On November 10, 1975 the freight ship S.S. Edmund Fitzgerald sank during a storm on Lake Superior. The wreck of the Edmund Fitzgerald was the worst loss on the Great Lakes, as the crew of all 29 sailors perished along with the $24 million freighter and a cache of 26 tons of taconite. The Edmund Fitzgerald carried its cargo of iron ore from mines in Duluth, Minnesota heading toward mills in the lower Great Lakes. During the vessel’s final voyage, the “Mighty Fitz” confronted a mighty winter storm in Canadian waters with near hurricane force winds and waves of up to 35 feet high. The crew gallantly braved the gale force winds for a day and a half before succumbing to the stormy waters. It is speculated that most of the crew were swept off the deck by the massive waves before the full broke and the ship sank.
This maritime tragedy was immortalized in the song “The Wreck of the Edmund Fitzgerald”, which was written and composed by Canadian singer-songwriter Gordon Lightfoot in 1976. In the midst of album oriented rock acts and brief advent of disco, this Dorian mode epic ballad nearly topped the American Billboard charts as well as conquering the Canadian charts. The chart prominence may have been aided by Canadian Content requirements for music played on “the Big 8" CKLW-AM (Windsor, Ont.), which was a top rated station at the time in Detroit, Toledo as well as Cleveland.
Lightfoot was inspired to write the ballad after reading an article about the sinking of the Big Fitz in Newsweek. The song was a straightforward recounting of the wreck of the Edmund Fitzgerald, but there was some artistic license. Obviously, there was no way to know the crew’s final moments. There also some were slight inaccuracies, as the ship was actually bound for Zug Island (near Detroit) but eventually it was supposed to have docked in Cleveland for the winter. And Mariners’ Church (a.k.a. “The Maritime Sailors’ Cathedral”) was not a musty old hall in Detroit where they prayed. Lightfoot has strived to correct some of these details during recent live performances.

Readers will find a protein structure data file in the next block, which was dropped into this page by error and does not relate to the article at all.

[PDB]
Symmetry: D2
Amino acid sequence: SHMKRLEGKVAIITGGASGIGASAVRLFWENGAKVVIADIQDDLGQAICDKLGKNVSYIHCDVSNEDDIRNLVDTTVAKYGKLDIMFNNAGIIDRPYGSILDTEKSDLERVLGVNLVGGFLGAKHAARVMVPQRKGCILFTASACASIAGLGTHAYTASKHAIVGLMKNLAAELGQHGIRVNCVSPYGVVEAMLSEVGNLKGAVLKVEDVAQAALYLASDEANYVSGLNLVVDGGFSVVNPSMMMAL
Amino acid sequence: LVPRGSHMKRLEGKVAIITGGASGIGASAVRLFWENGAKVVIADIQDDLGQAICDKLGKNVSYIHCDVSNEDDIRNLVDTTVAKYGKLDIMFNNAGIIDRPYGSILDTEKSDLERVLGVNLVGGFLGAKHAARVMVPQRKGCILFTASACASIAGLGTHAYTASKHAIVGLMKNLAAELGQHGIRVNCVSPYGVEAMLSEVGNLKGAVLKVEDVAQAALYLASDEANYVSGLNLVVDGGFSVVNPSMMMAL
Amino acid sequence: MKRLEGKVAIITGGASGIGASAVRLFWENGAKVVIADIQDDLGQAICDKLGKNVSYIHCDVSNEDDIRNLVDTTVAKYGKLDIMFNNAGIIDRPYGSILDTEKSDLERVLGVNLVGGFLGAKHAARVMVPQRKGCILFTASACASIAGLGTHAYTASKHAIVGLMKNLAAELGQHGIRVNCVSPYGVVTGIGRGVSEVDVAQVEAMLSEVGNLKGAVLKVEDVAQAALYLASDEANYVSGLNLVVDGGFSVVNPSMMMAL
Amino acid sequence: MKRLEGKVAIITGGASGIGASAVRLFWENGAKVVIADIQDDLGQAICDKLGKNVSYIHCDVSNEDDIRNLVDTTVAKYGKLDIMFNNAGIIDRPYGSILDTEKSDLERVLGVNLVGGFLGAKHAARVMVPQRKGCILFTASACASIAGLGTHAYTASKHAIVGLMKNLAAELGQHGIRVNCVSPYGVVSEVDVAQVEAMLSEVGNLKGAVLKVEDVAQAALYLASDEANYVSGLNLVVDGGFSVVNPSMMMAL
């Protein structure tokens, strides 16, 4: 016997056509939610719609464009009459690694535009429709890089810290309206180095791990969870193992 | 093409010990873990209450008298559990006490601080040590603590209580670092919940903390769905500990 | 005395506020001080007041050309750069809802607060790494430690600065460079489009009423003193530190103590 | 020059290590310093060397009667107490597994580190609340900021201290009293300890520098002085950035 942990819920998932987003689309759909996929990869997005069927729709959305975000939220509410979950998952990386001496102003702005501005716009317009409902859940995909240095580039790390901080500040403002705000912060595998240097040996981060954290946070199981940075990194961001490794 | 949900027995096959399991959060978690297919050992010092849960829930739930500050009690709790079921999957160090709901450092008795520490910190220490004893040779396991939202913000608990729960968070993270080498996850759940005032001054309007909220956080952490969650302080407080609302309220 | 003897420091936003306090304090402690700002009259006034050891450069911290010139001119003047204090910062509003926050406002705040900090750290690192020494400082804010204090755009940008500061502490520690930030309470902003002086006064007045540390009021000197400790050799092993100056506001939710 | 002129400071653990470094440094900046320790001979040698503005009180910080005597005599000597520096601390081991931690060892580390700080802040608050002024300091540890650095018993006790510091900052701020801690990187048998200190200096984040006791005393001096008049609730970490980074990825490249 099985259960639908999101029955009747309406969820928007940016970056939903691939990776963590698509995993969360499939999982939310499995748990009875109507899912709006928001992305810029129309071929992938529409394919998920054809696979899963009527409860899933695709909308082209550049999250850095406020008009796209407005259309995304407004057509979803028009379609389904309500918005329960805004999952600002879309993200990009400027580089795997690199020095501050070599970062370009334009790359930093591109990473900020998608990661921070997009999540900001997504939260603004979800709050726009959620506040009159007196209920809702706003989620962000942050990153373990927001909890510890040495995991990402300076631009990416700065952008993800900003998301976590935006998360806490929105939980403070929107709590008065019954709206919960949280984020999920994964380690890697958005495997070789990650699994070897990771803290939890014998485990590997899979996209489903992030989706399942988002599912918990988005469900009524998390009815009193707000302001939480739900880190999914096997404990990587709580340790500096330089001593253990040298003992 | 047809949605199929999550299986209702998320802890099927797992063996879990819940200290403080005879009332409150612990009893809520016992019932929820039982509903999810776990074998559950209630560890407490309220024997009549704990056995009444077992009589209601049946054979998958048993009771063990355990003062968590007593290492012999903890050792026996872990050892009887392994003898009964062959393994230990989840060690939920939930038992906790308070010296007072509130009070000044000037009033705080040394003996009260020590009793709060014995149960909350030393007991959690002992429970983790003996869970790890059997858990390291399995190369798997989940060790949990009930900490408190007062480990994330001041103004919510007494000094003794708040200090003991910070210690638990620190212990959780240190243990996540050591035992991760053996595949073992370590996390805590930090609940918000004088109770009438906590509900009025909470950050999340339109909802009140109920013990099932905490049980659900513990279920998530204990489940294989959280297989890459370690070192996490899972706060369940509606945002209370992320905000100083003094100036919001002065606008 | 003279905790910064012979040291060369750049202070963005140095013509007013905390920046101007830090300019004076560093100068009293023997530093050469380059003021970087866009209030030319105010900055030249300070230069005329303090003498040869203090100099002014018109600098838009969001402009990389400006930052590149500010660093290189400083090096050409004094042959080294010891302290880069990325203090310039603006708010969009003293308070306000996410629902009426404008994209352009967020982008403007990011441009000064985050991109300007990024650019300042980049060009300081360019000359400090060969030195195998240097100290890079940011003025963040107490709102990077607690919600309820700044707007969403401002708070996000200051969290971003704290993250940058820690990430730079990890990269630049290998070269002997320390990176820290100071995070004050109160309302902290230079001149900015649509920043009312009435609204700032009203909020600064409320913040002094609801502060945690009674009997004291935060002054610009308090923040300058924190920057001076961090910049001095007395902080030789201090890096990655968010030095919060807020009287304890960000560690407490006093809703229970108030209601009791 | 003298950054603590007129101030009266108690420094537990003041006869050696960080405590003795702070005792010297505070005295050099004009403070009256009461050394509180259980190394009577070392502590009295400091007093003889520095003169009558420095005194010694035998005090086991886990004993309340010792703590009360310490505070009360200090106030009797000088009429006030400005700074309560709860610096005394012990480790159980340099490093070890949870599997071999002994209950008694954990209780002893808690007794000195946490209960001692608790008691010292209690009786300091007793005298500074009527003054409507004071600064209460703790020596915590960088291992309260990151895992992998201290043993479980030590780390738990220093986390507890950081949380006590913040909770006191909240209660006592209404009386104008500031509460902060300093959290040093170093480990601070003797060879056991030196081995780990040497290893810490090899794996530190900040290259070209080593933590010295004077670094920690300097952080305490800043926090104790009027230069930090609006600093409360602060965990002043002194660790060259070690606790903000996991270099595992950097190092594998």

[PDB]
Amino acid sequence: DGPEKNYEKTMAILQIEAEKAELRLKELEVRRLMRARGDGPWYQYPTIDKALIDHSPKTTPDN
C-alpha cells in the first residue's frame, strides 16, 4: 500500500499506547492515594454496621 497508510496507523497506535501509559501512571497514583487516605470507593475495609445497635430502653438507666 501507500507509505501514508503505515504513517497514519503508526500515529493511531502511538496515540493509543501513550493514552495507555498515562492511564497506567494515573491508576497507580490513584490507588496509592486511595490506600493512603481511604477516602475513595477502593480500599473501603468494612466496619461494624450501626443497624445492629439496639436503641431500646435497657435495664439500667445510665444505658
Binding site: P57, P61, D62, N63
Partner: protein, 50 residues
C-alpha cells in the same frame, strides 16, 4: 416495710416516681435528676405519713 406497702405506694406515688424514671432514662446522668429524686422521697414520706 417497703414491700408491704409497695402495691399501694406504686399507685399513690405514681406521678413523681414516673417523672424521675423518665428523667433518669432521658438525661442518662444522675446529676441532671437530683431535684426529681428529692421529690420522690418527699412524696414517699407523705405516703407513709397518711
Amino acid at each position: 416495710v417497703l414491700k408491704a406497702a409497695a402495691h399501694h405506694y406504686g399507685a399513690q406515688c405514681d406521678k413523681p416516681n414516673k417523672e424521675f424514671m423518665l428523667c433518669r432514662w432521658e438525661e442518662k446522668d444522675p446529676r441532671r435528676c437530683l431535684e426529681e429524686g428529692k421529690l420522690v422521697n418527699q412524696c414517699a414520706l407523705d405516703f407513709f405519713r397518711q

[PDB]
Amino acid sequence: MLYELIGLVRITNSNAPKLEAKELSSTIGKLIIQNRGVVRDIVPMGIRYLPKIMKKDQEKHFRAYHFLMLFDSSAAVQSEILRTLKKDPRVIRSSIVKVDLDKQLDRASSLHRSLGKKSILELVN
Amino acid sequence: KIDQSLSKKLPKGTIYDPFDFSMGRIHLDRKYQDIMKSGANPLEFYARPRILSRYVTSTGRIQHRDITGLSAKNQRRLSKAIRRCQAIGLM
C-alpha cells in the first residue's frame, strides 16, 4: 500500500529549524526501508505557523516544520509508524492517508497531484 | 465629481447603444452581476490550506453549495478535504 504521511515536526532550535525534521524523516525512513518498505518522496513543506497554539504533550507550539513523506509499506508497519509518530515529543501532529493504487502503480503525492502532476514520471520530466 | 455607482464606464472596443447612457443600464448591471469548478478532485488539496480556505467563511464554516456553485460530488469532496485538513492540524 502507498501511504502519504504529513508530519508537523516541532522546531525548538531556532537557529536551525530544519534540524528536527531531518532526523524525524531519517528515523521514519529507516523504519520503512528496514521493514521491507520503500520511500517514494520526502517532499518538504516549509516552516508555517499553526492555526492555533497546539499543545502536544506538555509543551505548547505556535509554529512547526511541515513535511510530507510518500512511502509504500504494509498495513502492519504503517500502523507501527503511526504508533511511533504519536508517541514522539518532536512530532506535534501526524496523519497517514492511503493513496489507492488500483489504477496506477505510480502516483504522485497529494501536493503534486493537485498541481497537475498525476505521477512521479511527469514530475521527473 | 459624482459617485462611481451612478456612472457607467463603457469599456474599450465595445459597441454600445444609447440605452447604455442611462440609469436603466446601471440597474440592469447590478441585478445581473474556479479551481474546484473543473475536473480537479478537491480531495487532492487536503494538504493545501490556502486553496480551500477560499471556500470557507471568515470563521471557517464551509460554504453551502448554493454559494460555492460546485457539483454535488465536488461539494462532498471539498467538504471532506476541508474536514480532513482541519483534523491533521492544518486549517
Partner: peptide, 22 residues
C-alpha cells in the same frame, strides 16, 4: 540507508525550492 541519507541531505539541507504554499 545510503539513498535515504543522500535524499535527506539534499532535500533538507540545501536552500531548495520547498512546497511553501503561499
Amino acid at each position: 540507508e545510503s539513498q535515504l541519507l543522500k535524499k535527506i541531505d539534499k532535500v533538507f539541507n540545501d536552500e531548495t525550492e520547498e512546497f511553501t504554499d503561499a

The Wreck of the Edmund Fitzgerald still resonates after 36 years as the laconic chronicle of the heroism of the lost sailors. Few epic poems permeate the American consciousness like Lightfoot’s magnus opus. There are numerous cultural references to the tune. A character in the film High Fidelity (2000) declared in the Top Five on songs on death.
The song has been covered many times. A version that captures the haunting, surreal nature of sense of the surprise storm is by the Dandy Warhols from their Black album (2004). This may be inspired by the fact that the Daddy Warhol’s lead singer was related to one of the Big Fitz lost crew.
On the eve of Veterans Day, as we also celebrate the anniversary of the U.S. Marine Corps, it is worthy to toll the bell of honor 29 times for the valor of the lost crew of the Edmund Fitzgerald.
[This piece originally ran on DCBarroco.blogspot.com]